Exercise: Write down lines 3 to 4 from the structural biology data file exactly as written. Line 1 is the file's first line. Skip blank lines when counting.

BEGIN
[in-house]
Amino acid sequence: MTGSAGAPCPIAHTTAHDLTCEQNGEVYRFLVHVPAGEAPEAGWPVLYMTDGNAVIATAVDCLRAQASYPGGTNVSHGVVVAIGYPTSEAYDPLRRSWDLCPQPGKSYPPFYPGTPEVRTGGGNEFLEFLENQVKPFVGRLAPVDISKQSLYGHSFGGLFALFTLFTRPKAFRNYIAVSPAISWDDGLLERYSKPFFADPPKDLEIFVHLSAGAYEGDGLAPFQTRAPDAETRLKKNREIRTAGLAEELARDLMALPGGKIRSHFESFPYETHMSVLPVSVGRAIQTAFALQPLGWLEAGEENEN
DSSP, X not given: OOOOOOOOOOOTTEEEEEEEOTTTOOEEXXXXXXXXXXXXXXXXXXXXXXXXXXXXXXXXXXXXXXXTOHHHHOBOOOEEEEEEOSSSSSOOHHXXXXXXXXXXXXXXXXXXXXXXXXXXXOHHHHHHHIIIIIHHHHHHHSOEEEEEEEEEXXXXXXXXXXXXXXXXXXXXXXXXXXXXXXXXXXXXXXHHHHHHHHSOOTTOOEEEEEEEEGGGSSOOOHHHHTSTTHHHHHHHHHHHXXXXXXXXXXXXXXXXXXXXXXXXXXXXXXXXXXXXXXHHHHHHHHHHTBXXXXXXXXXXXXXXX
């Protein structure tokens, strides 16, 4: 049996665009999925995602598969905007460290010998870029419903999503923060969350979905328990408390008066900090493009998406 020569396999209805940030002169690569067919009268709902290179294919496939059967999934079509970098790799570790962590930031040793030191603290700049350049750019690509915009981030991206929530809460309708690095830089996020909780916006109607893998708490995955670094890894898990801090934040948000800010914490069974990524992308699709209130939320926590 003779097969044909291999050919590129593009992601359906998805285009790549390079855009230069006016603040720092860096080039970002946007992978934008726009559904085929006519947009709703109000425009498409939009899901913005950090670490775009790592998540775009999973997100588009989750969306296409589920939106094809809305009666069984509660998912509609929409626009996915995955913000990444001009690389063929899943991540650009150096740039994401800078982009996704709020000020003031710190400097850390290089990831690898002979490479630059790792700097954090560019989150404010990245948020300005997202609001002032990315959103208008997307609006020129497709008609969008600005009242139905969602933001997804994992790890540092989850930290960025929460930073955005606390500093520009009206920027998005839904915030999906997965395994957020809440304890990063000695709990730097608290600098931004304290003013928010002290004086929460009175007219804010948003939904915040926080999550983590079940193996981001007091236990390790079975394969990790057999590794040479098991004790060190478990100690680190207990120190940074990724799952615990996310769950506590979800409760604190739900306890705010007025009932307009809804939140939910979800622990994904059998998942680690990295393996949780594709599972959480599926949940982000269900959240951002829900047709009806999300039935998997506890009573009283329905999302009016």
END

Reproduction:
DSSP, X not given: OOOOOOOOOOOTTEEEEEEEOTTTOOEEXXXXXXXXXXXXXXXXXXXXXXXXXXXXXXXXXXXXXXXTOHHHHOBOOOEEEEEEOSSSSSOOHHXXXXXXXXXXXXXXXXXXXXXXXXXXXOHHHHHHHIIIIIHHHHHHHSOEEEEEEEEEXXXXXXXXXXXXXXXXXXXXXXXXXXXXXXXXXXXXXXHHHHHHHHSOOTTOOEEEEEEEEGGGSSOOOHHHHTSTTHHHHHHHHHHHXXXXXXXXXXXXXXXXXXXXXXXXXXXXXXXXXXXXXXHHHHHHHHHHTBXXXXXXXXXXXXXXX
């Protein structure tokens, strides 16, 4: 049996665009999925995602598969905007460290010998870029419903999503923060969350979905328990408390008066900090493009998406 020569396999209805940030002169690569067919009268709902290179294919496939059967999934079509970098790799570790962590930031040793030191603290700049350049750019690509915009981030991206929530809460309708690095830089996020909780916006109607893998708490995955670094890894898990801090934040948000800010914490069974990524992308699709209130939320926590 003779097969044909291999050919590129593009992601359906998805285009790549390079855009230069006016603040720092860096080039970002946007992978934008726009559904085929006519947009709703109000425009498409939009899901913005950090670490775009790592998540775009999973997100588009989750969306296409589920939106094809809305009666069984509660998912509609929409626009996915995955913000990444001009690389063929899943991540650009150096740039994401800078982009996704709020000020003031710190400097850390290089990831690898002979490479630059790792700097954090560019989150404010990245948020300005997202609001002032990315959103208008997307609006020129497709008609969008600005009242139905969602933001997804994992790890540092989850930290960025929460930073955005606390500093520009009206920027998005839904915030999906997965395994957020809440304890990063000695709990730097608290600098931004304290003013928010002290004086929460009175007219804010948003939904915040926080999550983590079940193996981001007091236990390790079975394969990790057999590794040479098991004790060190478990100690680190207990120190940074990724799952615990996310769950506590979800409760604190739900306890705010007025009932307009809804939140939910979800622990994904059998998942680690990295393996949780594709599972959480599926949940982000269900959240951002829900047709009806999300039935998997506890009573009283329905999302009016």